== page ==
Duffy holds listening session at Eagles
By Hub City Times staff
MARSHFIELD – Congressman Sean Duffy met with constituents of the 7th District Dec. 18, during a stop at the Eagles Club in Marshfield.
Duffy addressed a wide variety of topics during the one-hour listening session, including the session itself. A few area residents expressed concerns over not hearing about the event until they got an automated call from Duffy’s office the evening before, or heard about it from others.
One resident said the “system seems to be gamed to just get a small number of people – just your supporters – and nothing is out in the media.”
Duffy responded by saying he knew how they felt, having been a constituent of former Congressman Dave Obey before Duffy was elected.
“I’ve lived in this district for 46 years and for 42 of them Dave Obey was my congressman,” he said. “Do you know how many meetings I had like this to come to, where I had a chance to come and ask a question, like you asked me? Not one. I do town halls – you can be left, you can be right – you’re going to have a chance to ask me your questions. I am not afraid to hear from you.”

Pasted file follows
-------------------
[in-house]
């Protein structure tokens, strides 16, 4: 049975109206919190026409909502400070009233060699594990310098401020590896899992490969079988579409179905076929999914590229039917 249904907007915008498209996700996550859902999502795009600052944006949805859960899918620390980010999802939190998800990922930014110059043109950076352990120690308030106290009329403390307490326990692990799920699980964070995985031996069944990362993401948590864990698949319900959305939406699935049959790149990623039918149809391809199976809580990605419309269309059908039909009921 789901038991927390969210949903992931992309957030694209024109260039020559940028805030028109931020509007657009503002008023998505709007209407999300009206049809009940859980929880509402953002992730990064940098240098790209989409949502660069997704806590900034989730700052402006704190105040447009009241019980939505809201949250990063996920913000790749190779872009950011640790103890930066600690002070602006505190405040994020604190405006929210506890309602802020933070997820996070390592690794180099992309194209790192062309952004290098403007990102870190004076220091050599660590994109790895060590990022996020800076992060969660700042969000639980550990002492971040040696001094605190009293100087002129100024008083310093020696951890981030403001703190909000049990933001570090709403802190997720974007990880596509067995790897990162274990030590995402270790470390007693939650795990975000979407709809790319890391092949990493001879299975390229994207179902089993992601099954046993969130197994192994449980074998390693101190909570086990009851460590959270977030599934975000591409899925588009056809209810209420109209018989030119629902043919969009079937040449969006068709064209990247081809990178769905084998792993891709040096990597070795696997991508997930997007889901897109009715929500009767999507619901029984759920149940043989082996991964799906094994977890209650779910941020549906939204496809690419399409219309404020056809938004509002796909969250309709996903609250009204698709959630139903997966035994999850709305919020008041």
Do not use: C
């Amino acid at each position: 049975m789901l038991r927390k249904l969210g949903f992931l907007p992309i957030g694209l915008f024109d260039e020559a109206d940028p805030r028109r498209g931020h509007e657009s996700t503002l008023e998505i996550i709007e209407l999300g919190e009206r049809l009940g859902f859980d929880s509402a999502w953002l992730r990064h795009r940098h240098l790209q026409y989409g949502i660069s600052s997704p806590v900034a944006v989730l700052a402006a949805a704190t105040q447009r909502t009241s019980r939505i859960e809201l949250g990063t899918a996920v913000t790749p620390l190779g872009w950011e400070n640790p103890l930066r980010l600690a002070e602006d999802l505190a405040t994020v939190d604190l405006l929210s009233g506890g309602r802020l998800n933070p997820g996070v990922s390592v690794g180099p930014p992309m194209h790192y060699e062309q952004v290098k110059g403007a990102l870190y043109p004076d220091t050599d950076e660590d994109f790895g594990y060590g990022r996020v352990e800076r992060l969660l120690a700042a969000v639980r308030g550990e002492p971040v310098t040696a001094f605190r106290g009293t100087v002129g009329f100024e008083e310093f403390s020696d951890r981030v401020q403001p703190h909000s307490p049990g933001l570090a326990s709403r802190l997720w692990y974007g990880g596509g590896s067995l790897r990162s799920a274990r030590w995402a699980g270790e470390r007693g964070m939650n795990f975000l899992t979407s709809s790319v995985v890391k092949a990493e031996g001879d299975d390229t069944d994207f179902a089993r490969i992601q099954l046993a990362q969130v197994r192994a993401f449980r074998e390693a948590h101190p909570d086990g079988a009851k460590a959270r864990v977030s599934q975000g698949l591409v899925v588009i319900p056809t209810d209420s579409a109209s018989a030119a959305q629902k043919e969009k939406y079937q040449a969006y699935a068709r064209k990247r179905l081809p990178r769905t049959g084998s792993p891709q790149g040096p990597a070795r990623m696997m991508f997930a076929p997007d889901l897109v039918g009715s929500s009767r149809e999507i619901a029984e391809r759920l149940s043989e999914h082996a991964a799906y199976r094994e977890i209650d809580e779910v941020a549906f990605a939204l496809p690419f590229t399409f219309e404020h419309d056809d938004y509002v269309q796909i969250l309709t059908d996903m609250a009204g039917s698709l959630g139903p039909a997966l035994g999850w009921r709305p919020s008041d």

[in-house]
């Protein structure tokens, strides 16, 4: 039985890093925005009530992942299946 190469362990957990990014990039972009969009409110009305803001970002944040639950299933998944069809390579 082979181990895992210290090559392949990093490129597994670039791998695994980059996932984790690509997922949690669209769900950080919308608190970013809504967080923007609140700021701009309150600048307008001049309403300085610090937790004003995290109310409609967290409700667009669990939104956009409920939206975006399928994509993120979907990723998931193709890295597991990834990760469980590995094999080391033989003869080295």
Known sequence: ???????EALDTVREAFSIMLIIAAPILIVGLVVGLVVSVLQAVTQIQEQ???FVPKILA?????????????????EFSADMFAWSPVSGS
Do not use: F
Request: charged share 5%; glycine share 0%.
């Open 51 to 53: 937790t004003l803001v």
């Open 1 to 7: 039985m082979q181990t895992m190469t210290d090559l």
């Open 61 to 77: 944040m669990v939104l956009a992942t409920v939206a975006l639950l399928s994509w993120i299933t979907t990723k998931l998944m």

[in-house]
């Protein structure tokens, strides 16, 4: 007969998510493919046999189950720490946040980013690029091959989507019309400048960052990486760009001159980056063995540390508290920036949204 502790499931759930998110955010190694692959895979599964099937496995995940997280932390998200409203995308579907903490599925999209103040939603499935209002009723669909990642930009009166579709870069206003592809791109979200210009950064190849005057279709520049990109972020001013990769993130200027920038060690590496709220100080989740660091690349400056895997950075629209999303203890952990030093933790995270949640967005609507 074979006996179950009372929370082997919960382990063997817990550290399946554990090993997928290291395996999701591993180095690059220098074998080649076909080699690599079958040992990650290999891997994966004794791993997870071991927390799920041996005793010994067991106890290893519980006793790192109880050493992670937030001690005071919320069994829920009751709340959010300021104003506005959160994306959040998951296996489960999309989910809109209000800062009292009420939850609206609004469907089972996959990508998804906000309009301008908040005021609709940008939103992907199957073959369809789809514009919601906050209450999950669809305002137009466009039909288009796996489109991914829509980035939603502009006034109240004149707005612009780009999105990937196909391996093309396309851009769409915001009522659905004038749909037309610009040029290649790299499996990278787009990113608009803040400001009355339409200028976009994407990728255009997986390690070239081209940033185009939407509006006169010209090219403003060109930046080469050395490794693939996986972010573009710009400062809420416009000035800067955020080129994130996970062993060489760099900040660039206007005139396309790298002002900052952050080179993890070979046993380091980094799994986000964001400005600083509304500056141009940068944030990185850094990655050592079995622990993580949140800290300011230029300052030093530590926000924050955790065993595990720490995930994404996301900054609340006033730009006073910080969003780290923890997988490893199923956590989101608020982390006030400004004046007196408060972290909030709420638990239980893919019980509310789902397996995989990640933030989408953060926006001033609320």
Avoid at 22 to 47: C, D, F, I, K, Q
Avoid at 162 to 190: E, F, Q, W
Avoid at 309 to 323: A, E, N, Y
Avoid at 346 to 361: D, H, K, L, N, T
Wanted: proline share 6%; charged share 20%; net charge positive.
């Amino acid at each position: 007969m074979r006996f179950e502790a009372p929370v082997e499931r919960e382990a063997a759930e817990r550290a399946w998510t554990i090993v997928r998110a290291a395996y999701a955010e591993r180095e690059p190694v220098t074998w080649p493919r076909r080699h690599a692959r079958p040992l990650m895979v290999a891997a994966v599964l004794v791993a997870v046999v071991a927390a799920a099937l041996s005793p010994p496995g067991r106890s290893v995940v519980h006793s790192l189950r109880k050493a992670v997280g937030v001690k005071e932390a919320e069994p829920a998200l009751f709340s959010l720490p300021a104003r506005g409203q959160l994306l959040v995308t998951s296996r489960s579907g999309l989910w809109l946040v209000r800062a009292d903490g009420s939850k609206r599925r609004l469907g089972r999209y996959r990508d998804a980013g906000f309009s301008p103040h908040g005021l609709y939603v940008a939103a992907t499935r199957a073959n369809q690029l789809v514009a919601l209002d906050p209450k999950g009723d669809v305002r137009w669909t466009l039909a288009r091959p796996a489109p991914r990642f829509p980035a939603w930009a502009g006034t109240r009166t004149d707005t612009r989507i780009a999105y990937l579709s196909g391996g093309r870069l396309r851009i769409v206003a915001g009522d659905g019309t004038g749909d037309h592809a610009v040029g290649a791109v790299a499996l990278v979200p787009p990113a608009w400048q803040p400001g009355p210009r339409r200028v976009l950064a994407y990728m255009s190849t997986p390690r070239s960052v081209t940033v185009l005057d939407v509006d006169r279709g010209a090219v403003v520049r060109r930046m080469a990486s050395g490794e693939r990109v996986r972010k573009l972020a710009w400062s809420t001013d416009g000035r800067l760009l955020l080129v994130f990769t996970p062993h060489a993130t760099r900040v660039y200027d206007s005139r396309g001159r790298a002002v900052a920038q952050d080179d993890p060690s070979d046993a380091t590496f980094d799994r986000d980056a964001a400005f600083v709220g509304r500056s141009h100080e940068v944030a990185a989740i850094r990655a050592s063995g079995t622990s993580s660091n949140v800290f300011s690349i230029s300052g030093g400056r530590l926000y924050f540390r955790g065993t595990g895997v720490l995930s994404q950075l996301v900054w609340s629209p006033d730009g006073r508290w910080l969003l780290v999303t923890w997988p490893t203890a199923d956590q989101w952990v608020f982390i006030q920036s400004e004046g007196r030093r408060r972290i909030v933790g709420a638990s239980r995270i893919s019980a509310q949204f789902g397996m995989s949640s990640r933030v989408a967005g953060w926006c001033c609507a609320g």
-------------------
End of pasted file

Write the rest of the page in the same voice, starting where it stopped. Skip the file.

Duffy fielded questions regarding the ongoing investigation into Russia’s alleged involvement in last year’s presidential election, as well as health care, climate change, and concerns over Canadian National trains blocking crossings.
Duffy also addressed questions and concerns regarding net neutrality, which the FCC has reversed.
“Who is using all of the width – Netflix, Apple and ITunes, Google, Facebook,” Duffy said. “Right? Some big companies out there are using a wide swath of the capacity. So they are saying, ‘In a free market system, why can’t I charge the companies that are using all of our bandwidth?’
“That is what happened before two years ago. There is pressure on both sides to get this right, but I think having an environment that brought us the internet, that let people compete, instead of the government picking winners and losers (is best).”
Duffy recently proposed a bill which would’ve made railroad companies accountable to local laws regarding blocking crossings, and not federal ones. The bill did not receive a hearing.